Bar's interest in apples was so overtopped by the wrapt suspense in which he pursued the changes of these pears, from the moment when Lord Decimus solemnly opened with 'Your mentioning pears recalls to my remembrance a pear-tree,' down to the rich conclusion, 'And so we pass, through the various changes of life, from Eton pears to Parliamentary pairs,' that he had to go down-stairs with Lord Decimus, and even then to be seated next to him at table in order that he might hear the anecdote out. By that time, Bar felt that he had secured the Foreman, and might go to dinner with a good appetite.
It was a dinner to provoke an appetite, though he had not had one. The rarest dishes, sumptuously cooked and sumptuously served; the choicest fruits; the most exquisite wines; marvels of workmanship in gold and silver, china and glass; innumerable things delicious to the senses of taste, smell, and sight, were insinuated into its composition. O, what a wonderful man this Merdle, what a great man, what a master man, how blessedly and enviably endowed--in one word, what a rich man!
He took his usual poor eighteenpennyworth of food in his usual indigestive way, and had as little to say for himself as ever a wonderful man had. Fortunately Lord Decimus was one of those sublimities who have no occasion to be talked to, for they can be at any time sufficiently occupied with the contemplation of their own greatness. This enabled the bashful young Member to keep his eyes open long enough at a time to see his dinner. But, whenever Lord Decimus spoke, he shut them again.
The agreeable young Barnacle, and Bar, were the talkers of the party. Bishop would have been exceedingly agreeable also, but that his innocence stood in his way. He was so soon left behind. When there was any little hint of anything being in the wind, he got lost directly. Worldly affairs were too much for him; he couldn't make them out at all.
This was observable when Bar said, incidentally, that he was happy to have heard that we were soon to have the advantage of enlisting on the good side, the sound and plain sagacity--not demonstrative or ostentatious, but thoroughly sound and practical--of our friend Mr Sparkler.
Ferdinand Barnacle laughed, and said oh yes, he believed so. A vote was a vote, and always acceptable.
Bar was sorry to miss our good friend Mr Sparkler to-day, Mr Merdle.
'He is away with Mrs Merdle,' returned that gentleman, slowly coming out of a long abstraction, in the course of which he had been fitting a tablespoon up his sleeve. 'It is not indispensable for him to be on the spot.'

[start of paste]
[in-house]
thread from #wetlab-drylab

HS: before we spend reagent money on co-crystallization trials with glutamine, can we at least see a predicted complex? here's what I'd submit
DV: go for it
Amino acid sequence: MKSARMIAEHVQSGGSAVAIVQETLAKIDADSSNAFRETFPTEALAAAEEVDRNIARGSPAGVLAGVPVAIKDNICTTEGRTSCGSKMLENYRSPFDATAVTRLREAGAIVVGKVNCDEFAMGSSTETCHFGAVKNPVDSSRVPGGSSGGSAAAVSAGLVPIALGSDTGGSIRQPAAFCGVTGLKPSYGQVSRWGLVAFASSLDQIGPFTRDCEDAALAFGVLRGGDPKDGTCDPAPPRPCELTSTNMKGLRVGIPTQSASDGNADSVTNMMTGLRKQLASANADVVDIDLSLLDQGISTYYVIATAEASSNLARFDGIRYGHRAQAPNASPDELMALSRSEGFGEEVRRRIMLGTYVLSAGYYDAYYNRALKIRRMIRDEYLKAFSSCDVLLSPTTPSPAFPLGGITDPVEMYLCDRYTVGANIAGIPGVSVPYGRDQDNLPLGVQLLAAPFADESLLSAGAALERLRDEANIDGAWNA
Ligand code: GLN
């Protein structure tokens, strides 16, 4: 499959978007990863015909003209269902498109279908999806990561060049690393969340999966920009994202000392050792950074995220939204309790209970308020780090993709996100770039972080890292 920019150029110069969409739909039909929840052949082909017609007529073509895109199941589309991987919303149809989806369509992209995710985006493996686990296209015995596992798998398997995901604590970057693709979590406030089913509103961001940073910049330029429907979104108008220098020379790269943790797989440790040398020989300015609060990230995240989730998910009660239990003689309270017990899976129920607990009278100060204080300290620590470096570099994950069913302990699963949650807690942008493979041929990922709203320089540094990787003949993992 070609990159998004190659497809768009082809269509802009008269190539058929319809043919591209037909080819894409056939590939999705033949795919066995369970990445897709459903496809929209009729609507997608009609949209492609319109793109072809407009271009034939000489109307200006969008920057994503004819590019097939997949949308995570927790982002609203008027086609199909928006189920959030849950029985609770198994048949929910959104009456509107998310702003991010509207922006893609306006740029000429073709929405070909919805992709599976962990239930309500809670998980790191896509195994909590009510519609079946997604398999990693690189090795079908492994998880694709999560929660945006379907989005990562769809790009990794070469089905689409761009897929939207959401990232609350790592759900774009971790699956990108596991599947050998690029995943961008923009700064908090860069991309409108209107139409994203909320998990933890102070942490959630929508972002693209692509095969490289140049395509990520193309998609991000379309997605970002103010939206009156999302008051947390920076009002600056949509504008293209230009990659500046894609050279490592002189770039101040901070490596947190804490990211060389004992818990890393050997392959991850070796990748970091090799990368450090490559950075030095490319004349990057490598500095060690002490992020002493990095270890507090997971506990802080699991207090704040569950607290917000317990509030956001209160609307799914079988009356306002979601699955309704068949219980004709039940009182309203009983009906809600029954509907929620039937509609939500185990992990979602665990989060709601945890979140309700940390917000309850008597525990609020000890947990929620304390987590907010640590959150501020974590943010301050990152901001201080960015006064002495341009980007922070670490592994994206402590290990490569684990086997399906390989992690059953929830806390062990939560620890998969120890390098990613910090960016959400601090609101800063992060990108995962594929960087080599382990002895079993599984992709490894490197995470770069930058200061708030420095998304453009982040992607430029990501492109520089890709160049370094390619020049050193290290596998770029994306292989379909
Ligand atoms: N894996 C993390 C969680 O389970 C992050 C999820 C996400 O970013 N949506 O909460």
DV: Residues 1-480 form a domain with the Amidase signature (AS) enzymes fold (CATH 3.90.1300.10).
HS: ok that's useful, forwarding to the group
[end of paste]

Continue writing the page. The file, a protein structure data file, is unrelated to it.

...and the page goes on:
'The magic name of Merdle,' said Bar, with the jury droop, 'no doubt will suffice for all.'
'Why--yes--I believe so,' assented Mr Merdle, putting the spoon aside, and clumsily hiding each of his hands in the coat-cuff of the other hand. 'I believe the people in my interest down there will not make any difficulty.'
'Model people!' said Bar. 'I am glad you approve of them,' said Mr Merdle.
'And the people of those other two places, now,' pursued Bar, with a bright twinkle in his keen eye, as it slightly turned in the direction of his magnificent neighbour; 'we lawyers are always curious, always inquisitive, always picking up odds and ends for our patchwork minds, since there is no knowing when and where they may fit into some corner;--the people of those other two places now? Do they yield so laudably to the vast and cumulative influence of such enterprise and such renown; do those little rills become absorbed so quietly and easily, and, as it were by the influence of natural laws, so beautifully, in the swoop of the majestic stream as it flows upon its wondrous way enriching the surrounding lands; that their course is perfectly to be calculated, and distinctly to be predicated?'
Mr Merdle, a little troubled by Bar's eloquence, looked fitfully about the nearest salt-cellar for some moments, and then said hesitating:
'They are perfectly aware, sir, of their duty to Society. They will return anybody I send to them for that purpose.'
'Cheering to know,' said Bar.